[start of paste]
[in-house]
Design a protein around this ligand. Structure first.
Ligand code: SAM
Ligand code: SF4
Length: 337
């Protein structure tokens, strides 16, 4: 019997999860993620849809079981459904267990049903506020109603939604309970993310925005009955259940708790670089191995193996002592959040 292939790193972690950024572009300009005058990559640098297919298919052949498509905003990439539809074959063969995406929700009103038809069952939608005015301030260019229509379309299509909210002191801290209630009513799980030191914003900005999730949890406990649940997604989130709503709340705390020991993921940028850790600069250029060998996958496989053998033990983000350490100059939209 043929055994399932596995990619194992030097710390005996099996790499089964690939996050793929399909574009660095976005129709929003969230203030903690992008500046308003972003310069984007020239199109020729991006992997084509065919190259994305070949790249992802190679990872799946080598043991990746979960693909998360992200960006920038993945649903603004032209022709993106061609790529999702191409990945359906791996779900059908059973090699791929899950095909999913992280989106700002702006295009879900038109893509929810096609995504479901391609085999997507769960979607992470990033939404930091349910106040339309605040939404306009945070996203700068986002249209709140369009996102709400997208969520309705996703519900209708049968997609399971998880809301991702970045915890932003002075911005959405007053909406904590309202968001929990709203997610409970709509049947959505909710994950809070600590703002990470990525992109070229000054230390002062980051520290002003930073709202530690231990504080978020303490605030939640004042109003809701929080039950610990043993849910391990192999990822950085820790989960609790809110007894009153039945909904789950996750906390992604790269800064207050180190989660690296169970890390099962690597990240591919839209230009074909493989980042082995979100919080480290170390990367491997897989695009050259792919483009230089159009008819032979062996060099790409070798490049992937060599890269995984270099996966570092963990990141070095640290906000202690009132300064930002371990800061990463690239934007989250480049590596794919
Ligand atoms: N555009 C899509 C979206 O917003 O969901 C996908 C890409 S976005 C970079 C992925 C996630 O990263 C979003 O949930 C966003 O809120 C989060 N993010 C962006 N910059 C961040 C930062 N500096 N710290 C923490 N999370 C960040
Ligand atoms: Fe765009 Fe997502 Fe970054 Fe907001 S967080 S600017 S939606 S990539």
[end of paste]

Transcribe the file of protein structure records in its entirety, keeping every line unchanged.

[in-house]
Design a protein around this ligand. Structure first.
Ligand code: SAM
Ligand code: SF4
Length: 337
């Protein structure tokens, strides 16, 4: 019997999860993620849809079981459904267990049903506020109603939604309970993310925005009955259940708790670089191995193996002592959040 292939790193972690950024572009300009005058990559640098297919298919052949498509905003990439539809074959063969995406929700009103038809069952939608005015301030260019229509379309299509909210002191801290209630009513799980030191914003900005999730949890406990649940997604989130709503709340705390020991993921940028850790600069250029060998996958496989053998033990983000350490100059939209 043929055994399932596995990619194992030097710390005996099996790499089964690939996050793929399909574009660095976005129709929003969230203030903690992008500046308003972003310069984007020239199109020729991006992997084509065919190259994305070949790249992802190679990872799946080598043991990746979960693909998360992200960006920038993945649903603004032209022709993106061609790529999702191409990945359906791996779900059908059973090699791929899950095909999913992280989106700002702006295009879900038109893509929810096609995504479901391609085999997507769960979607992470990033939404930091349910106040339309605040939404306009945070996203700068986002249209709140369009996102709400997208969520309705996703519900209708049968997609399971998880809301991702970045915890932003002075911005959405007053909406904590309202968001929990709203997610409970709509049947959505909710994950809070600590703002990470990525992109070229000054230390002062980051520290002003930073709202530690231990504080978020303490605030939640004042109003809701929080039950610990043993849910391990192999990822950085820790989960609790809110007894009153039945909904789950996750906390992604790269800064207050180190989660690296169970890390099962690597990240591919839209230009074909493989980042082995979100919080480290170390990367491997897989695009050259792919483009230089159009008819032979062996060099790409070798490049992937060599890269995984270099996966570092963990990141070095640290906000202690009132300064930002371990800061990463690239934007989250480049590596794919
Ligand atoms: N555009 C899509 C979206 O917003 O969901 C996908 C890409 S976005 C970079 C992925 C996630 O990263 C979003 O949930 C966003 O809120 C989060 N993010 C962006 N910059 C961040 C930062 N500096 N710290 C923490 N999370 C960040
Ligand atoms: Fe765009 Fe997502 Fe970054 Fe907001 S967080 S600017 S939606 S990539």